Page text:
French group Orange launched Tueday a bid to extend its reach in a Europe-wide telecom turf war with an offer for Spanish fixed-line operator Jazztel.
Orange, formerly known as France Telecom, announced late on Monday the offer worth a total of 3.4 billion euros ($4.4 billion) when stock options held by some Jazztel managers are included.
The offer, which will be formally presented to Jazztel shareholders later on Tuesday, offers 13 euros per share, 34 percent above the average closing price of the last 30 trading days.
Shares in the company, which had been rising sharply since the end of last week, gained 6 percent on Tuesday to trade at 12.77 euros.
The deal is subject to regulatory approval as well as to winning the backing of at least 50.01 percent of shareholders.
If successful, it would create Spain's second-biggest fixed broadband carrier and third-biggest mobile network operator.
Buying Jazztel would give Orange about 1.5 million broadband subscribers to help bolster offers of combined broadband, TV and wireless packages.
"We are doing this deal to accelerate our growth in Spain, particularly in fixed-mobile convergent offers," Orange Chief Executive Stephane Richard said in a statement.
'Consolidation to keep advancing'
Consolidation of the crowded and deeply fragmented European telecom market has intensified over the past year as small players have fallen prey to bigger rivals, reducing the number of operators in each market.
Analysts say a reduction in the number of large operators could help boost profit margins in the industry after years of fierce competition during an economic downturn.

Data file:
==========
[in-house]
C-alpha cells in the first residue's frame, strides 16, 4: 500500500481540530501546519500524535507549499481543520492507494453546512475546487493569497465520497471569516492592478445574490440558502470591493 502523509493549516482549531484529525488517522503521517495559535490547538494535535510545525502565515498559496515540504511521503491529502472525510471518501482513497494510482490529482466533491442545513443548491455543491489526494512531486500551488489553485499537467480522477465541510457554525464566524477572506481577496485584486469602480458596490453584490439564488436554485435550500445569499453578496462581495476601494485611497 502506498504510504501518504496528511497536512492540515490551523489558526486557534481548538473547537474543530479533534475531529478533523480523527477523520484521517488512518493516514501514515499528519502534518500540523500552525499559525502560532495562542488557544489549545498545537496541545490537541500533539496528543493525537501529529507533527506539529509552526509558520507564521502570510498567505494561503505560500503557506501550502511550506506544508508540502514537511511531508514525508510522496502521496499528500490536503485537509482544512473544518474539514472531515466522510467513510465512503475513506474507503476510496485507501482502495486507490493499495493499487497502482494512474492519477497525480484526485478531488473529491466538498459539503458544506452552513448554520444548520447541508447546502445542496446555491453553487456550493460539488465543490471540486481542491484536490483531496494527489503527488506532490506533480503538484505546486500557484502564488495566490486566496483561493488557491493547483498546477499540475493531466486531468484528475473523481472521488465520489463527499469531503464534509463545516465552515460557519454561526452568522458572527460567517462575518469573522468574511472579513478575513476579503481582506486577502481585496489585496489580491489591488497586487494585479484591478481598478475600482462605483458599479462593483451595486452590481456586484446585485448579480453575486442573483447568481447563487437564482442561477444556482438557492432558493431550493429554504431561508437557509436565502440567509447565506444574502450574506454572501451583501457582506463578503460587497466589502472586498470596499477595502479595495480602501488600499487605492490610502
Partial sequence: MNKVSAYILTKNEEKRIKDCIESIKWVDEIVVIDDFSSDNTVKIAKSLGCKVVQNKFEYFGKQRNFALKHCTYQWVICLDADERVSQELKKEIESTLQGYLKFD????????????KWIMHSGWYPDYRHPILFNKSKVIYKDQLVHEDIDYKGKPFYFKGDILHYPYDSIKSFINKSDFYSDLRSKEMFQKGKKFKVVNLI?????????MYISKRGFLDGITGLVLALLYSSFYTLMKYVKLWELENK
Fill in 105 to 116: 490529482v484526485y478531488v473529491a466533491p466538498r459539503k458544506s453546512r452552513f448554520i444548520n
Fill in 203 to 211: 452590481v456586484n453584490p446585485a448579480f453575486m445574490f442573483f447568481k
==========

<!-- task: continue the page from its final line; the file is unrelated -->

In April, European cable group Altice won a bidding contest for France's second-biggest telecom operator SFR, beating a government-backed offer from Bouygues by agreeing to a deal valued at over 17 billion euros.
Earlier this year, Vodafone in Spain purchased Ono, a midsized cable operator for 7.2 billion euros.
The European Commission gave that acquisition the green light in July, judging that Vodafone's mobile telecoms activities were largely complementary to Ono's fixed-line services.
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The commission also paved the way that month for the creation of Germany's biggest mobile company when it cleared the acquisition of E-plus in Germany, a unit of Dutch KPN, by Spain's Telefonica.
The cash and stock deal, estimated at 8.5 billion euros, merges Germany's third and fourth-biggest operators, leaving only Deutsche Telekom and Vodafone as similar-sized rivals.
Spanish Industry Ministry Jose Manuel Soria welcomed the trend.
"It should go further. I think this process of consolidation has to keep advancing, not only in Spain but also in Europe," he said during an interview with Spanish public radio.
Asked if the trend would lead to lower consumer prices, he said: "I can't say for certain, but if the process of consolidation works as it should, that should happen."
Orange expects to save 1.3 billion euros by merging with Jazztel, mostly through network efficiencies.
The company said Jazztel's chairman Leopoldo Fernandez Pujals, who owns a 14.5-percent stake in the company, would accept its offer.
Spain is Orange's second-biggest market, accounting for about 10 percent of the group's revenue.
The deal would "solidify" Orange's position as Spain's second-largest broadband operator, said IHS telecoms analyst James Allison.
"The acquisition is in part a response to Vodaphone's increased scale in Spain with its acquisition of cable operator Ono," he added.
Jazztel has 11.8 percent of the Spanish broadband market and 2.3 percent of the mobile-phone segment, according to data from Spain's telecom watchdog, CNMC.
A takeover would give Orange 26.2 percent of the broadband segment, compared with Vodafone's 21 percent share.
Orange would have 25.1 percent of the mobile market, behind Vodafone's 26.7 percent.
Former state monopoly Telefonica controls a third of the market in both segments.